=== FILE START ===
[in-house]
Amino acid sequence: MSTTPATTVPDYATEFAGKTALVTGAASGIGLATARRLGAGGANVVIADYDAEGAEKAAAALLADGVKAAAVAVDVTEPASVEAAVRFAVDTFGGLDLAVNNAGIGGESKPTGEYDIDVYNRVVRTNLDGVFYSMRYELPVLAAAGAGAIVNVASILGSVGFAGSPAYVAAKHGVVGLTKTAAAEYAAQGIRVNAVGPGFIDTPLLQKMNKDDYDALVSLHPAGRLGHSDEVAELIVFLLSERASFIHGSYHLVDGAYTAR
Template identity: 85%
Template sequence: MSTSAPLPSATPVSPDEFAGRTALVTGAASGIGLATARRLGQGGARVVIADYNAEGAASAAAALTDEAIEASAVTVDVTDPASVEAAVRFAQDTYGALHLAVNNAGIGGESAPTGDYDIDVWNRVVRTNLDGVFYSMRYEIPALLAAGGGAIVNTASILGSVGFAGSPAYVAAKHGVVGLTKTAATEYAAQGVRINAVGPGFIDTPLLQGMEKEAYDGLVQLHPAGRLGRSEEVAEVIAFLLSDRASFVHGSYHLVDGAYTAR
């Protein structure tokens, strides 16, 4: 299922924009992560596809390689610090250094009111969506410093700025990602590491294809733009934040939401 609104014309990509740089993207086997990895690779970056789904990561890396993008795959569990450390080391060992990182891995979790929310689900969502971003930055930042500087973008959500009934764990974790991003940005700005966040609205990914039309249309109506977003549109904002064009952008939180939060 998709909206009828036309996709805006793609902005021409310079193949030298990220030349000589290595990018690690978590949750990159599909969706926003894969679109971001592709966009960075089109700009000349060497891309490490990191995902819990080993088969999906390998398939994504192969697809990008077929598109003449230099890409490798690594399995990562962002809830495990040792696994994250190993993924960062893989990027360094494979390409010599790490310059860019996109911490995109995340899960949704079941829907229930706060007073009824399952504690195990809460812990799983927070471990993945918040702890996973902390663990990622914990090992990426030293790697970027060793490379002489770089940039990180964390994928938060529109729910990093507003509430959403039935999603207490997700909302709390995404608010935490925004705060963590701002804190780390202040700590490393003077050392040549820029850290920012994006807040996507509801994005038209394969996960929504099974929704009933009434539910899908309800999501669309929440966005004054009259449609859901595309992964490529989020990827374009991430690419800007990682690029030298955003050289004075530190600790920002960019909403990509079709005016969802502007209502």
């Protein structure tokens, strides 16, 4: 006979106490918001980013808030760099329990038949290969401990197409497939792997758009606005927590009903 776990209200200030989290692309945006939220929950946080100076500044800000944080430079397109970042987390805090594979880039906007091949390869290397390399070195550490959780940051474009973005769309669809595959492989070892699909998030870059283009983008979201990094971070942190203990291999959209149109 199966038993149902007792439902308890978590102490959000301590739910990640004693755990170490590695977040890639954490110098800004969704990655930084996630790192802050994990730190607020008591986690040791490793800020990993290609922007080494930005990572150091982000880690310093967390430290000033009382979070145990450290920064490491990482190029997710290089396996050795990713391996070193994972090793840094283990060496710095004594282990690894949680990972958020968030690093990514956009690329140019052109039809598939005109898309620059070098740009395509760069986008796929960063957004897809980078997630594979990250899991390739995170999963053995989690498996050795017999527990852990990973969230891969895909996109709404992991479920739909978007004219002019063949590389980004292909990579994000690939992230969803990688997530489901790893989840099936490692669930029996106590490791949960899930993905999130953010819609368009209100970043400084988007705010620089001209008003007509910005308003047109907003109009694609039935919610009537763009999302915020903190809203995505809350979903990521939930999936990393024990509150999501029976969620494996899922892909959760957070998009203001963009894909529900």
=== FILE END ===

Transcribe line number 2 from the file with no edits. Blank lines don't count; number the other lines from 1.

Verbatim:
Amino acid sequence: MSTTPATTVPDYATEFAGKTALVTGAASGIGLATARRLGAGGANVVIADYDAEGAEKAAAALLADGVKAAAVAVDVTEPASVEAAVRFAVDTFGGLDLAVNNAGIGGESKPTGEYDIDVYNRVVRTNLDGVFYSMRYELPVLAAAGAGAIVNVASILGSVGFAGSPAYVAAKHGVVGLTKTAAAEYAAQGIRVNAVGPGFIDTPLLQKMNKDDYDALVSLHPAGRLGHSDEVAELIVFLLSERASFIHGSYHLVDGAYTAR